Results from a phase III trial conducted by the Radiation Therapy Oncology Group (RTOG) concluded that treatment with higher dose radiotherapy and the addition of cetuximab to concurrent chemoradiotherapy did not benefit overall survival of stage III non-small cell lung cancer patients.
The study entitled “Standard-dose versus high-dose conformal radiotherapy with concurrent and consolidation carboplatin plus paclitaxel with or without cetuximab for patients with stage IIIA or IIIB non-small-cell lung cancer (RTOG 0617): a randomised, two-by-two factorial phase 3 study” was published in The Lancet Oncology journal.
Lung cancer is the leading cause of cancer death and can be subdivided into two main types based on cell morphology: small cell lung cancer and non-small cell lung cancer (NSCLC). Between 75 to 80 percent of newly diagnosed patients are of NSCLC type and 40 percent of these have locally advanced disease (stage IIIA or IIIB).
Radiotherapy of lung cancer led to the idea that higher doses of radiation would result in an increased death of tumor cells, increasing patients’ survival chances. “This principle led several research groups, including the RTOG, to investigate in early phase trials the maximum tolerated radiotherapy dose that could be given with concurrent chemotherapy within safety limits. The results of these investigations led to a consensus to test 74 Gray in a randomized trial,” explained study author Jeffrey Bradley in a news release.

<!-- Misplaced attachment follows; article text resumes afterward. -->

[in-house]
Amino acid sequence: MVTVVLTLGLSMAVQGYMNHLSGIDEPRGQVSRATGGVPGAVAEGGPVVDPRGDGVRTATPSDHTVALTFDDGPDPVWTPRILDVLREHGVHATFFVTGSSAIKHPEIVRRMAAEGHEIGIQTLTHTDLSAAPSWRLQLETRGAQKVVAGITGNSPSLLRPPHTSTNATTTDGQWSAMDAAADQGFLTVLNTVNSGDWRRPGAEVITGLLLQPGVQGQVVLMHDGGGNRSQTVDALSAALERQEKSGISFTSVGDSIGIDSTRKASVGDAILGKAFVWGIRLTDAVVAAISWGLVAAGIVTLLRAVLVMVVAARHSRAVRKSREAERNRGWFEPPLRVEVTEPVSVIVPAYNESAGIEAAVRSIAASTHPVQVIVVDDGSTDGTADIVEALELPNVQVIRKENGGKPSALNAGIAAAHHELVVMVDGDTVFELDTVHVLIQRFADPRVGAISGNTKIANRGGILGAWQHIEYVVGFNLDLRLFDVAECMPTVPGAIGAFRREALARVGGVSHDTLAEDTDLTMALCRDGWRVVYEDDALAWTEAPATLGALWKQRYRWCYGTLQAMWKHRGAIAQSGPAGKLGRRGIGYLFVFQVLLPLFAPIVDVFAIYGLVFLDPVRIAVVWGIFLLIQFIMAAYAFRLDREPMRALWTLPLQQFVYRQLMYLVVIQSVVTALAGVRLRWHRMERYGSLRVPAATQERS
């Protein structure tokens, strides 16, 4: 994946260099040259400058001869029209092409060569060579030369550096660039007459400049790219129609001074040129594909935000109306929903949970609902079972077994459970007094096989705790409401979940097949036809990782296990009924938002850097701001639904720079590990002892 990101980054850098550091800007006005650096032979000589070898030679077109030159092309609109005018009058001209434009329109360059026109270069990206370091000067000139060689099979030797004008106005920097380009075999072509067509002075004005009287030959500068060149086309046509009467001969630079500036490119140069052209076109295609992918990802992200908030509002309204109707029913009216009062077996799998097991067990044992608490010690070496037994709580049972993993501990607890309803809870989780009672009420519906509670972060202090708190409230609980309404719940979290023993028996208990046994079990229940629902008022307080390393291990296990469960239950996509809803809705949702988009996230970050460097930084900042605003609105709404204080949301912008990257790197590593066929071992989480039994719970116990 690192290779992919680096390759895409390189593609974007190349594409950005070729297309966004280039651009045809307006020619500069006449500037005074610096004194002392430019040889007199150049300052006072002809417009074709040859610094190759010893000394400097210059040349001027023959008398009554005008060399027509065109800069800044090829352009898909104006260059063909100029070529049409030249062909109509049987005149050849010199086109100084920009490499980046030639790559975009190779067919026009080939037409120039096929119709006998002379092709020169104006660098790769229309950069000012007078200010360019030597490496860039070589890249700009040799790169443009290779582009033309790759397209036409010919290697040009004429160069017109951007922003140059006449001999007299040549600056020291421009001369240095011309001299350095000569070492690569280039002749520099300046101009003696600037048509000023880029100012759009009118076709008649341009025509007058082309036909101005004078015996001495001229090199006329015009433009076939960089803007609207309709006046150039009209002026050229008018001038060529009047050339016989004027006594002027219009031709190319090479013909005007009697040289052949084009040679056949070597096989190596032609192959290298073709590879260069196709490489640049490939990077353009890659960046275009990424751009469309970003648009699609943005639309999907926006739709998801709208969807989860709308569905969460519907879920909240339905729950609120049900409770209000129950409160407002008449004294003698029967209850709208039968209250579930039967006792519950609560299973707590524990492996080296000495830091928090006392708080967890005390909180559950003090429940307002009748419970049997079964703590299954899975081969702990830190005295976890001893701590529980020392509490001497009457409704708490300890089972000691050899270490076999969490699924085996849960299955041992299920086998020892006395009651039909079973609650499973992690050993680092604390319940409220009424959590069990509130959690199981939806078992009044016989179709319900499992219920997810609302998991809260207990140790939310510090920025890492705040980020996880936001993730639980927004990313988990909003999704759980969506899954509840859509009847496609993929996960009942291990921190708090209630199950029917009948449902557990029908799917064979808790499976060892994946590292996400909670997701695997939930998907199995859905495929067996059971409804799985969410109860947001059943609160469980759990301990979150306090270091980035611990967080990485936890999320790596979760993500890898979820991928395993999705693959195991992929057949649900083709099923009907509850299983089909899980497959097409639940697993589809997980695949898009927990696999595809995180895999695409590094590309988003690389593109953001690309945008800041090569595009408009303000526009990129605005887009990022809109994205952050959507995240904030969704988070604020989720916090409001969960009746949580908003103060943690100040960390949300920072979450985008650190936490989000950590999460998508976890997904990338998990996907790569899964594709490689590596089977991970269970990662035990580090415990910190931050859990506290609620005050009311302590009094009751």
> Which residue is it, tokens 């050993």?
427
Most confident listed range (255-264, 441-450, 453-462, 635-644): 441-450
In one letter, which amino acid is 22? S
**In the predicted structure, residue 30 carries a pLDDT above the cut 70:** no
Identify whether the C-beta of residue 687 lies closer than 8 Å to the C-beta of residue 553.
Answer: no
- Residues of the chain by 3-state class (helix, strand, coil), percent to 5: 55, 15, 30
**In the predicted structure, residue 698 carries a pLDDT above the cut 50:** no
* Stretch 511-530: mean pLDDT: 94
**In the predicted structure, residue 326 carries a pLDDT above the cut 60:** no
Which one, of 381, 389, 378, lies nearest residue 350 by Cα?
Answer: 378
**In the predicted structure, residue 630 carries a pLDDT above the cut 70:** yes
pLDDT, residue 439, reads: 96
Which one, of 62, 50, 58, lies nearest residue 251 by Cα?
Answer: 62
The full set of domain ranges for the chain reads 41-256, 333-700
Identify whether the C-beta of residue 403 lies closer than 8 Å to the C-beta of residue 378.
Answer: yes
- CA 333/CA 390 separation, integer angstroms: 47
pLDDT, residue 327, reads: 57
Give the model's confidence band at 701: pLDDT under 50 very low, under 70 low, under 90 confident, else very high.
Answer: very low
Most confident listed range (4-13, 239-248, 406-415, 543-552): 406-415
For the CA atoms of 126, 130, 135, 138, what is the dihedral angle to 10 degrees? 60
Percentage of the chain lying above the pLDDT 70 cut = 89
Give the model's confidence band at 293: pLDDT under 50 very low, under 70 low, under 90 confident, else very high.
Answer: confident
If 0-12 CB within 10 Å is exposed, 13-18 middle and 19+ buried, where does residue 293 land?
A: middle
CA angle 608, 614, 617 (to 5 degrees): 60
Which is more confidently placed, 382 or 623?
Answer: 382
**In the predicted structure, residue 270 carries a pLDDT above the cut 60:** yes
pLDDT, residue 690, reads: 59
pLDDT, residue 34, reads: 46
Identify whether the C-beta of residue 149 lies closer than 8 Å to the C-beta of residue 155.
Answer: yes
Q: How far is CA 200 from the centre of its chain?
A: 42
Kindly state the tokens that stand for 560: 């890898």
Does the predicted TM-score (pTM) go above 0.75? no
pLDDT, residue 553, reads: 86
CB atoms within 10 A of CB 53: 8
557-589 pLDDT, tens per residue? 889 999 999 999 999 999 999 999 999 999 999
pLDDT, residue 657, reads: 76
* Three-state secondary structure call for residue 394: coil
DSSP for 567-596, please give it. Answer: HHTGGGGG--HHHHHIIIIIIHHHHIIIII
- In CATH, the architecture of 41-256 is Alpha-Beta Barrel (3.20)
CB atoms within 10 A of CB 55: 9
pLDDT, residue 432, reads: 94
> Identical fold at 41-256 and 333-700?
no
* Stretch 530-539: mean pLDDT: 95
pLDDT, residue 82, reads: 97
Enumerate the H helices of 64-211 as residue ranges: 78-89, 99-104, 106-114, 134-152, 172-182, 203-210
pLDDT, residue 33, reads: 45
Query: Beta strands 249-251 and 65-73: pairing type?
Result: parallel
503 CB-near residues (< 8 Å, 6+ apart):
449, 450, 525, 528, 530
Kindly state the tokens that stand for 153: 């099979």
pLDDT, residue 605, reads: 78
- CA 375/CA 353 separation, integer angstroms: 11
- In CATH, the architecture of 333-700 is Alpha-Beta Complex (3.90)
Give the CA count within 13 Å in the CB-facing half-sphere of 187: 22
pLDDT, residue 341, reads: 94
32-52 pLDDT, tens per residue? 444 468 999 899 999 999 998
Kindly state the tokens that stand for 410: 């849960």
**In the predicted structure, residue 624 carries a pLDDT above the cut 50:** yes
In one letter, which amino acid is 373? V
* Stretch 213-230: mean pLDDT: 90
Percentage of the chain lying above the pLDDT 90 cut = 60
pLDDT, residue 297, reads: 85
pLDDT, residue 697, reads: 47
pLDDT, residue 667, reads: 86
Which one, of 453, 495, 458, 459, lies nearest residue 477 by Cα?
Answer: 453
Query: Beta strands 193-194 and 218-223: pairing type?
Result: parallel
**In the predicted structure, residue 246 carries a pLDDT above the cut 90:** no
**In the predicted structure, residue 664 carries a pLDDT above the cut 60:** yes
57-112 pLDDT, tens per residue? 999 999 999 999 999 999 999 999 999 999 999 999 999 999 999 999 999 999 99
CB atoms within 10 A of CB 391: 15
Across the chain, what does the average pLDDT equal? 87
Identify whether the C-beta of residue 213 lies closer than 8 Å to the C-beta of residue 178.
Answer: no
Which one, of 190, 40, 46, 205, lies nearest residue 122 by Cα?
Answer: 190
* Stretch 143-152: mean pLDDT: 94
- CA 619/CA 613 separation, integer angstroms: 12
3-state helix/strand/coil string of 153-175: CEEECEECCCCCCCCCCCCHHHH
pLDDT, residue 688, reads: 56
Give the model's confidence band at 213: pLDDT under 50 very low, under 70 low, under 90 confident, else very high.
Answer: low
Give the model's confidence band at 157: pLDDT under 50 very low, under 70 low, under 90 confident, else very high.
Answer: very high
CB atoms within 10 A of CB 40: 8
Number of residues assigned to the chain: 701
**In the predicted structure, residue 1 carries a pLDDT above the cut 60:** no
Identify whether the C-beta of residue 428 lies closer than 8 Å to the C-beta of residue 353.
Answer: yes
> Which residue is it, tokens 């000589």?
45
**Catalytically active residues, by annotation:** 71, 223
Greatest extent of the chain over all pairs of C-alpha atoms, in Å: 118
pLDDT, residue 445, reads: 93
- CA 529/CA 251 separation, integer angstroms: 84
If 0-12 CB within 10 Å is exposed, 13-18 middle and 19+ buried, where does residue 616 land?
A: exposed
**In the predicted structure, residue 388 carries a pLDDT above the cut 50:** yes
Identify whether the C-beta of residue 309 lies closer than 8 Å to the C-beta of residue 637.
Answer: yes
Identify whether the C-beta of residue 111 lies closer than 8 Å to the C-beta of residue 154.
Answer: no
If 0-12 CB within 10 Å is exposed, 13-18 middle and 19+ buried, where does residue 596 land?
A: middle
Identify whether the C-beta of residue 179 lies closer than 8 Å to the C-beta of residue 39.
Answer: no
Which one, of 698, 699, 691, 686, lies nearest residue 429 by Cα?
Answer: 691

To test this hypothesis, RTOG researchers designed a phase III trial to compare the new treatment regimen with the current standard of care, assessing whether 74 Gray would result in improved overall survival for patients with stage III NSCLC, when compared to 60-Gray.
“In the setting of concurrent chemotherapy with daily radiation therapy for stage III lung cancer, the results showed that survival with 60 Gray is numerically higher than with 74 Gray, with a potential statistically significant detriment associated with the higher radiation dose,” described Dr. Bradley.
The trial further tested the hypothesis that adding cetuximab to chemoradiotherapy would lead to improved survival. However, the authors noted that “the use of cetuximab had no meaningful effect on overall survival in our trial.”
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